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Author: Raül Tormos
In The Rhythm of Modernization, Raül Tormos analyses the pace at which belief systems change across the developed world during the modernization process. It is often assumed that value change follows the slow rhythm of generational replacement. This book, however, reports trends that contradict this assumption in the field of values. Challenging Inglehart’s modernization theory, the transition from traditional to modern values happens much quicker than predicted. Many “baby-boomers” who were church-going, morally conservative materialists when they were young, become unchurched and morally tolerant postmaterialists in their later years. Using surveys from multiple countries over many years, and applying cutting-edge statistical techniques, this book shows how citizens quickly adapt their belief systems to new circumstances throughout their lives.
Conspiracy theories are a ubiquitous feature of our times. The Handbook of Conspiracy Theories and Contemporary Religion is the first reference work to offer a comprehensive, transnational overview of this phenomenon along with in-depth discussions of how conspiracy theories relate to religion(s). Bringing together experts from a wide range of disciplines, from psychology and philosophy to political science and the history of religions, the book sets the standard for the interdisciplinary study of religion and conspiracy theories.
The break-up of the Soviet Union is a key event of the twentieth century. The 39th IIS congress in Yerevan 2009 focused on causes and consequences of this event and on shifts in the world order that followed in its wake. This volume is an effort to chart these developments in empirical and conceptual terms. It has a focus on the lands of the former Soviet Union but also explores pathways and contexts in the Second World at large.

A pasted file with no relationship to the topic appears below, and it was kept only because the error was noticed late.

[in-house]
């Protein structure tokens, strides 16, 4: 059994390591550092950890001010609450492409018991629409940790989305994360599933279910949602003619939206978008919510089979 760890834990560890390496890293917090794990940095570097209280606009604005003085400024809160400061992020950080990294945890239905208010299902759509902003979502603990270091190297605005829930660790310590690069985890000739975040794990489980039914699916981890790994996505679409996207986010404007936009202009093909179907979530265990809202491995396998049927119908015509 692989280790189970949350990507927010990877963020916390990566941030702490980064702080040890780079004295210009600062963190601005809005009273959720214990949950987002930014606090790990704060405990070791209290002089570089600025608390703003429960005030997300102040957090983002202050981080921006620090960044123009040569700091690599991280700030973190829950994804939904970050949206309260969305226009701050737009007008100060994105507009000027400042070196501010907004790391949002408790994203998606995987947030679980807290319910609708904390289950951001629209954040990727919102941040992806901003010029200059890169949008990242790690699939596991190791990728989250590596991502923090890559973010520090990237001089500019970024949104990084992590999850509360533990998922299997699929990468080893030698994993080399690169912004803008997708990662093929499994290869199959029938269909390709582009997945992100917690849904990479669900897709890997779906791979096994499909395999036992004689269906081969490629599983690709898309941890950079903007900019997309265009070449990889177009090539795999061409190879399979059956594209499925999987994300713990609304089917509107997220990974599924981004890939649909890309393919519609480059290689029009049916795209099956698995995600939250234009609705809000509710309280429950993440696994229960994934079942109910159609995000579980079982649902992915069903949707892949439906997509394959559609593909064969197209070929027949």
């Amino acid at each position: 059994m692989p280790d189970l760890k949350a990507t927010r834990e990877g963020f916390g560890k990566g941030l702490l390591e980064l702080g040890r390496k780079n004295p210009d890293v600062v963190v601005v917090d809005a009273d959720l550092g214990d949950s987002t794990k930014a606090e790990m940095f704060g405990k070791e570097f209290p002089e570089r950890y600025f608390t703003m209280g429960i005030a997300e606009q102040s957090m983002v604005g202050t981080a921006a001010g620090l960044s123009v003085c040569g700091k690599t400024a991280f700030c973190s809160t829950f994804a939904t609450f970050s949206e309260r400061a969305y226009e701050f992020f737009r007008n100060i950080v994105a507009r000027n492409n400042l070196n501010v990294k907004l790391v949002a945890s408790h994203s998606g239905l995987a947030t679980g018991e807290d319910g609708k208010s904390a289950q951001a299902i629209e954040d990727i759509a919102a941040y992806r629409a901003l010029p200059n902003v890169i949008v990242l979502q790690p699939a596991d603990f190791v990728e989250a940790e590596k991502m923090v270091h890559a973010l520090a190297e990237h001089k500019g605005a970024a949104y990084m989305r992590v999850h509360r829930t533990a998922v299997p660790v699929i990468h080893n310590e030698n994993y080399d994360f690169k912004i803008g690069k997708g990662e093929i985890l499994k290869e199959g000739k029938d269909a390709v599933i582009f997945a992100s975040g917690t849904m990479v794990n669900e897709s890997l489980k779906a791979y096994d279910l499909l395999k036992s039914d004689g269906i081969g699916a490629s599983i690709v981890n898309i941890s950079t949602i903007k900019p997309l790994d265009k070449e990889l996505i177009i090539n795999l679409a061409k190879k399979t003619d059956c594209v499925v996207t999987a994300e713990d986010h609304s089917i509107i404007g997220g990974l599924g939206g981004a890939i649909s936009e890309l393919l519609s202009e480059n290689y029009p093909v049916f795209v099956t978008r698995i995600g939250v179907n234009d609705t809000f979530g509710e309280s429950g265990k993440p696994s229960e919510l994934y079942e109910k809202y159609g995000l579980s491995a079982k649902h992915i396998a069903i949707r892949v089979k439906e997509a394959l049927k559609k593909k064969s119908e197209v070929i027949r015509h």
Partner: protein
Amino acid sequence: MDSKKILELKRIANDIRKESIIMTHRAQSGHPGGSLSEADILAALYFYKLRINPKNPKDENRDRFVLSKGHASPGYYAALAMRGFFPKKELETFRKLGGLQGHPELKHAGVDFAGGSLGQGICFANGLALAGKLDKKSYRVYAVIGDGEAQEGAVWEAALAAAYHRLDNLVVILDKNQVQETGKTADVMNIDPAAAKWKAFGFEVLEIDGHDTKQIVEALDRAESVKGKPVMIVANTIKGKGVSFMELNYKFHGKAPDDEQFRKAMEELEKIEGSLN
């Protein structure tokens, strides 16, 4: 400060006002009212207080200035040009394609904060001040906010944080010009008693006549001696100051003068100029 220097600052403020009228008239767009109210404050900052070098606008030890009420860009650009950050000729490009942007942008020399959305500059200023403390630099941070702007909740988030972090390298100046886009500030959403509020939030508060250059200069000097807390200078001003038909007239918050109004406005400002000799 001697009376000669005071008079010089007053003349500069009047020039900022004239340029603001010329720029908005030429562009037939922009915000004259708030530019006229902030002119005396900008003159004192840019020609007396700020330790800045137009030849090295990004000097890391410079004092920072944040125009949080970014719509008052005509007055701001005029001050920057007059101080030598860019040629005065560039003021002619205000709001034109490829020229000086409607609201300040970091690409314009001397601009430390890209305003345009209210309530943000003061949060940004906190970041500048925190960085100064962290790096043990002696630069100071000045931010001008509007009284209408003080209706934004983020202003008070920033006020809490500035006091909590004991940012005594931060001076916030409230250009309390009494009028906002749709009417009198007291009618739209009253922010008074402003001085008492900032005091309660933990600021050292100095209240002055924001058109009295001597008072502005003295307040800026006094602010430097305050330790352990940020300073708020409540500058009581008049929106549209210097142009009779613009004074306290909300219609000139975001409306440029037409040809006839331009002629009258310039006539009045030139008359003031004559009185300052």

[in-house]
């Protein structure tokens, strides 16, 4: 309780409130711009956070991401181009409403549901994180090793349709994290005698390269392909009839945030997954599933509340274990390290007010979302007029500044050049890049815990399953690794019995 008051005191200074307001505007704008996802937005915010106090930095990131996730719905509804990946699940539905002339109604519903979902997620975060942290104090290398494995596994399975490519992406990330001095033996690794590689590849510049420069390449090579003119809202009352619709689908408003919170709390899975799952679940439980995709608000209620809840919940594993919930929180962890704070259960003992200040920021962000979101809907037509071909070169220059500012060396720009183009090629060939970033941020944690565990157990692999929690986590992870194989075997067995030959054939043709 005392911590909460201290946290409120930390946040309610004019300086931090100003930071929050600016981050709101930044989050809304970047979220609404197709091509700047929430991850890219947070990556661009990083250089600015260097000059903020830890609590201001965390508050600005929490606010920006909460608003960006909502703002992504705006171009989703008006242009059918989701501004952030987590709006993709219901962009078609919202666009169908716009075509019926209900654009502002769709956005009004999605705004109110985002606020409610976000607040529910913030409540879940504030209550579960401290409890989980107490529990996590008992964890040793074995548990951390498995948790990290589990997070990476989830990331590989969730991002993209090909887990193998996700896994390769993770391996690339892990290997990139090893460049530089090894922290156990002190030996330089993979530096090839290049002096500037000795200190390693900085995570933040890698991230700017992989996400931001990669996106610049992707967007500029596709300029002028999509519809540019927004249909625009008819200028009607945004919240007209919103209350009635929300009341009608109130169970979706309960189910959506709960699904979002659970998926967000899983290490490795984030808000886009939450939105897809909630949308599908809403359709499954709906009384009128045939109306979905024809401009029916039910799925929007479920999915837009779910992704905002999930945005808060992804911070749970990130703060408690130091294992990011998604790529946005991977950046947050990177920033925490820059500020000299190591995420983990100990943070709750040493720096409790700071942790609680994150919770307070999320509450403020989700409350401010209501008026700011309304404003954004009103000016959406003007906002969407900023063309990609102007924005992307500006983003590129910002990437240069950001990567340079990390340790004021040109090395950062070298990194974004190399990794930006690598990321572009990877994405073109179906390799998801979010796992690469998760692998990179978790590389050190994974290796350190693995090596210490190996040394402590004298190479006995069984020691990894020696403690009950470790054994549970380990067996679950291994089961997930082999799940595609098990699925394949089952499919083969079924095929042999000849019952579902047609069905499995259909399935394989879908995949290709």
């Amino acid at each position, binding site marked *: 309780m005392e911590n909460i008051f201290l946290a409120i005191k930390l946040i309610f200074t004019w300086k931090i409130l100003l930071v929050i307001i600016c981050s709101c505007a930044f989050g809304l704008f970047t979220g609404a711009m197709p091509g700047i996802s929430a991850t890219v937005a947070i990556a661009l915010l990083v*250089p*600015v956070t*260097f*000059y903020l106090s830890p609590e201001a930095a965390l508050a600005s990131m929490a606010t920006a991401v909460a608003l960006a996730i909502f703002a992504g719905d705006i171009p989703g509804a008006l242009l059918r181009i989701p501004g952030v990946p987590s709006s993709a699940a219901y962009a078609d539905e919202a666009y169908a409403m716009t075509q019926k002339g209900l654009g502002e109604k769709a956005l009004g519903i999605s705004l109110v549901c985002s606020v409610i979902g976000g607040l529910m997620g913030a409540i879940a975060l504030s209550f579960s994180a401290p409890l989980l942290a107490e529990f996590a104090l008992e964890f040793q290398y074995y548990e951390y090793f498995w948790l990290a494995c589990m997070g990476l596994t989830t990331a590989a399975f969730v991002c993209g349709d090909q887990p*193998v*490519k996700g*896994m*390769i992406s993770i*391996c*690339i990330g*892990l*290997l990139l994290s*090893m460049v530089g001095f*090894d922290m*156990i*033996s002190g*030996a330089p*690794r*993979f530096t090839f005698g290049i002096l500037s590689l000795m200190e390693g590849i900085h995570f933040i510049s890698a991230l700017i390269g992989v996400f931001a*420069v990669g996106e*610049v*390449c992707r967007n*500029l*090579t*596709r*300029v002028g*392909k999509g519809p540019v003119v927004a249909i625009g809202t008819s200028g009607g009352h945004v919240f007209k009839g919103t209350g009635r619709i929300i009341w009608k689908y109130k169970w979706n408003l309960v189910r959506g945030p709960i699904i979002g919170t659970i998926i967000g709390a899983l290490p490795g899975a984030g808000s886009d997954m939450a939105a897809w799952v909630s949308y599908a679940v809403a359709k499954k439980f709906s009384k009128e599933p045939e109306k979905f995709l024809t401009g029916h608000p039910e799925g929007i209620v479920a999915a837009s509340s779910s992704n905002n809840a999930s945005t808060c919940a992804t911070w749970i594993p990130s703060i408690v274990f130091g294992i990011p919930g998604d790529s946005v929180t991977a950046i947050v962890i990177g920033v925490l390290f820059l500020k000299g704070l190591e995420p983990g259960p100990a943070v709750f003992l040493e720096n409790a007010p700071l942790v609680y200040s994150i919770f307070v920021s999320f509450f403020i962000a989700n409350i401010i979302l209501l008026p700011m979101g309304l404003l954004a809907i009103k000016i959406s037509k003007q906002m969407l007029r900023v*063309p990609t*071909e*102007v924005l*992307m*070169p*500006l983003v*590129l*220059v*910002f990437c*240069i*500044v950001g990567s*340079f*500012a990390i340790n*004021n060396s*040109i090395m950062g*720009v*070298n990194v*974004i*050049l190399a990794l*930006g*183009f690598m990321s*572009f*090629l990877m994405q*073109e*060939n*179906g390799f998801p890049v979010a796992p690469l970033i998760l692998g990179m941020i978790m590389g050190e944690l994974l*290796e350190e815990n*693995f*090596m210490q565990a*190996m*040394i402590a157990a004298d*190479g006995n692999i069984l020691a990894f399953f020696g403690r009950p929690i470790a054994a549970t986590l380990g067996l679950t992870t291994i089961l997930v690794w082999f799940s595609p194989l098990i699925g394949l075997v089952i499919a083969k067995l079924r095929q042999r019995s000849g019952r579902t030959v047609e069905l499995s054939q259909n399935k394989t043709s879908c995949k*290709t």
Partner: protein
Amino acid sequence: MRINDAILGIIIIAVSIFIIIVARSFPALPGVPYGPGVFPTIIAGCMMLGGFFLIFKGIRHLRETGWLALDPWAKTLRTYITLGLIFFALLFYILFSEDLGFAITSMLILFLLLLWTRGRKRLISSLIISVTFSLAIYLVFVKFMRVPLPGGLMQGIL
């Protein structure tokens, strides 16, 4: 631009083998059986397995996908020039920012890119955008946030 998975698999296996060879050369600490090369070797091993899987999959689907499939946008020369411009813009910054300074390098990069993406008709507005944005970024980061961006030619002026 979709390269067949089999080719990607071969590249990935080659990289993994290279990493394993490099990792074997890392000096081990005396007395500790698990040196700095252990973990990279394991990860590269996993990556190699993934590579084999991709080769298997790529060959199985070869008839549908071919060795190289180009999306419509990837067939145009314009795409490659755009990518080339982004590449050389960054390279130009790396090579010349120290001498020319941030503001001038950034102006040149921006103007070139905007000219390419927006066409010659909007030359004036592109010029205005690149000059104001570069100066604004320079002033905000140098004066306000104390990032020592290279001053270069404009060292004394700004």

The Soviet Union was a full scale experiment in creating an alternative modernity. The implosion of this union gave rise to new states in search of national identity. At a time when some observers heralded the end of history, there was a rediscovery of historical legacies and a search for new paths of development across the former Second World.
In some parts of this world long-repressed legacies were rediscovered. They were sometimes, as in the case of countries in East Central Europe, built around memories of parliamentary democracy and its replacement by authoritarian rule during the interwar period. Some legacies referred to efforts at establishing statehood in the wake of the First World War, others to national upheavals in the nineteenth century and earlier.
In Central Asia and many parts of the Caucasus the cultural heritage of Islam in its different varieties gave rise to new markers of identity but also to violent contestations. In South Caucasus, Georgia, Armenia and Azerbaijan have embarked upon distinctly different, but invariably contingent, paths of development. Analogously core components of the old union have gone through tumultuous, but until the last year and a half largely bloodless, transformations. The crystallization of divergent paths of development in the two largest republics of that union, i.e. Russia and Ukraine, has ushered in divergent national imaginations but also in series of bloody confrontations.